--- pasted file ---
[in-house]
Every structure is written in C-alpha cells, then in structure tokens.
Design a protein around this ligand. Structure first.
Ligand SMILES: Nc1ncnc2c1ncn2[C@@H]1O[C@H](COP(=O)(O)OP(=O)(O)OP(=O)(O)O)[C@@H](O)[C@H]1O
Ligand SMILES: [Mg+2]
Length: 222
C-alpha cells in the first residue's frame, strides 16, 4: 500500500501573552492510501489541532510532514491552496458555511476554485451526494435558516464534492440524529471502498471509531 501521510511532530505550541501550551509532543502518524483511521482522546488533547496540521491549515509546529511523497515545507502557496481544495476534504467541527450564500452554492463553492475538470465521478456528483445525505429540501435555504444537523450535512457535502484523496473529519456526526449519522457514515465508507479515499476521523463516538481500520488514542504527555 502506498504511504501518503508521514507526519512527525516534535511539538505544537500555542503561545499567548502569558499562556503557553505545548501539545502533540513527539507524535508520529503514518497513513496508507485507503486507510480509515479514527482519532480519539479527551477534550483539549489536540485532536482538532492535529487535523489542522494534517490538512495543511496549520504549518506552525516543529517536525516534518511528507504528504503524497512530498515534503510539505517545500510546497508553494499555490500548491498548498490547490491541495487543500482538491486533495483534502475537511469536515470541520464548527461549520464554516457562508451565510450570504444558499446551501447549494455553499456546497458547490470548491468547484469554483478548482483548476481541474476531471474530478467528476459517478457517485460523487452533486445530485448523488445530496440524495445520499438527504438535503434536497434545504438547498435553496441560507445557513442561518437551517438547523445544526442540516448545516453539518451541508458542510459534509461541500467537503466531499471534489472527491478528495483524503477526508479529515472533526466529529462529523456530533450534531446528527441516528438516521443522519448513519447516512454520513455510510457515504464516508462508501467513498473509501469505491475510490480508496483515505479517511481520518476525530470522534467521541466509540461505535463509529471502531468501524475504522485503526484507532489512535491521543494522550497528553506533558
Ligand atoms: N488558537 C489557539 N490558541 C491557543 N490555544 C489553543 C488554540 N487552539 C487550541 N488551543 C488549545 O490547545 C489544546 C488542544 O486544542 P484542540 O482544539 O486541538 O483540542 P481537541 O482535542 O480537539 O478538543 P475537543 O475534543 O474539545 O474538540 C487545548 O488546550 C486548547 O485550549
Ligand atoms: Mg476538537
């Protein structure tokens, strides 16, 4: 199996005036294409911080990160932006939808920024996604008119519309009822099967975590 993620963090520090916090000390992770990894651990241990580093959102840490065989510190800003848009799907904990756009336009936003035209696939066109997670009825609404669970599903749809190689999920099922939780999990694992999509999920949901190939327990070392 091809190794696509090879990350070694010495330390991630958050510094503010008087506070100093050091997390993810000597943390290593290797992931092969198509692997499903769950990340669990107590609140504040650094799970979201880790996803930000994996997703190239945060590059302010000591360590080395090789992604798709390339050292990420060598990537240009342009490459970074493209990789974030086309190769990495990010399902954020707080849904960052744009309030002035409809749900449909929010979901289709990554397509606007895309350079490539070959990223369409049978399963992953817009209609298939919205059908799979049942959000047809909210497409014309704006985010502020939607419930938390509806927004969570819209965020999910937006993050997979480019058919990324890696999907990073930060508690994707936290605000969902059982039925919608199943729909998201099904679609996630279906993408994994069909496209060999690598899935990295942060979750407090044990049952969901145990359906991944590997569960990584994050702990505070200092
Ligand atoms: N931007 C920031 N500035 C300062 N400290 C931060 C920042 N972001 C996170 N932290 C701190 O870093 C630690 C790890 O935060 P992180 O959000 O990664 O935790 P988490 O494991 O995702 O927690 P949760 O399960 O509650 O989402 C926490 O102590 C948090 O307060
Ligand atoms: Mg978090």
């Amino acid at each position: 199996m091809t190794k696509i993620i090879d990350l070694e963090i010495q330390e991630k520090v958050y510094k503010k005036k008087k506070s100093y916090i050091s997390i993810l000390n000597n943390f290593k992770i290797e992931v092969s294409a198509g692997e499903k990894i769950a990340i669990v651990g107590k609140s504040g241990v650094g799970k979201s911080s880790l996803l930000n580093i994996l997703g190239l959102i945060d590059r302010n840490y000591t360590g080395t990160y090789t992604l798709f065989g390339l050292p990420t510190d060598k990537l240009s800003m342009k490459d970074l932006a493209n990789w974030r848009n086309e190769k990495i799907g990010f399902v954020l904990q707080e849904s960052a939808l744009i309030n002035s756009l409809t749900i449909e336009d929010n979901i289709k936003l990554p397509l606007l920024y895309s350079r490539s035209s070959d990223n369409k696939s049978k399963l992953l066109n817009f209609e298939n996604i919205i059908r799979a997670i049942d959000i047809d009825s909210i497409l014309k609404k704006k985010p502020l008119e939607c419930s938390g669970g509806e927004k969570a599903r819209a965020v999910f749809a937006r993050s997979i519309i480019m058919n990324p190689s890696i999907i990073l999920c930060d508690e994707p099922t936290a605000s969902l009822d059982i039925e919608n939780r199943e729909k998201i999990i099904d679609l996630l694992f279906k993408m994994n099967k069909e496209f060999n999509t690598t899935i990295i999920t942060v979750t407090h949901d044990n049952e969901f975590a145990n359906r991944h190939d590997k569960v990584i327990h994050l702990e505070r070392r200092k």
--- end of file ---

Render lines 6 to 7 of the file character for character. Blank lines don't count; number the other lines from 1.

Length: 222
C-alpha cells in the first residue's frame, strides 16, 4: 500500500501573552492510501489541532510532514491552496458555511476554485451526494435558516464534492440524529471502498471509531 501521510511532530505550541501550551509532543502518524483511521482522546488533547496540521491549515509546529511523497515545507502557496481544495476534504467541527450564500452554492463553492475538470465521478456528483445525505429540501435555504444537523450535512457535502484523496473529519456526526449519522457514515465508507479515499476521523463516538481500520488514542504527555 502506498504511504501518503508521514507526519512527525516534535511539538505544537500555542503561545499567548502569558499562556503557553505545548501539545502533540513527539507524535508520529503514518497513513496508507485507503486507510480509515479514527482519532480519539479527551477534550483539549489536540485532536482538532492535529487535523489542522494534517490538512495543511496549520504549518506552525516543529517536525516534518511528507504528504503524497512530498515534503510539505517545500510546497508553494499555490500548491498548498490547490491541495487543500482538491486533495483534502475537511469536515470541520464548527461549520464554516457562508451565510450570504444558499446551501447549494455553499456546497458547490470548491468547484469554483478548482483548476481541474476531471474530478467528476459517478457517485460523487452533486445530485448523488445530496440524495445520499438527504438535503434536497434545504438547498435553496441560507445557513442561518437551517438547523445544526442540516448545516453539518451541508458542510459534509461541500467537503466531499471534489472527491478528495483524503477526508479529515472533526466529529462529523456530533450534531446528527441516528438516521443522519448513519447516512454520513455510510457515504464516508462508501467513498473509501469505491475510490480508496483515505479517511481520518476525530470522534467521541466509540461505535463509529471502531468501524475504522485503526484507532489512535491521543494522550497528553506533558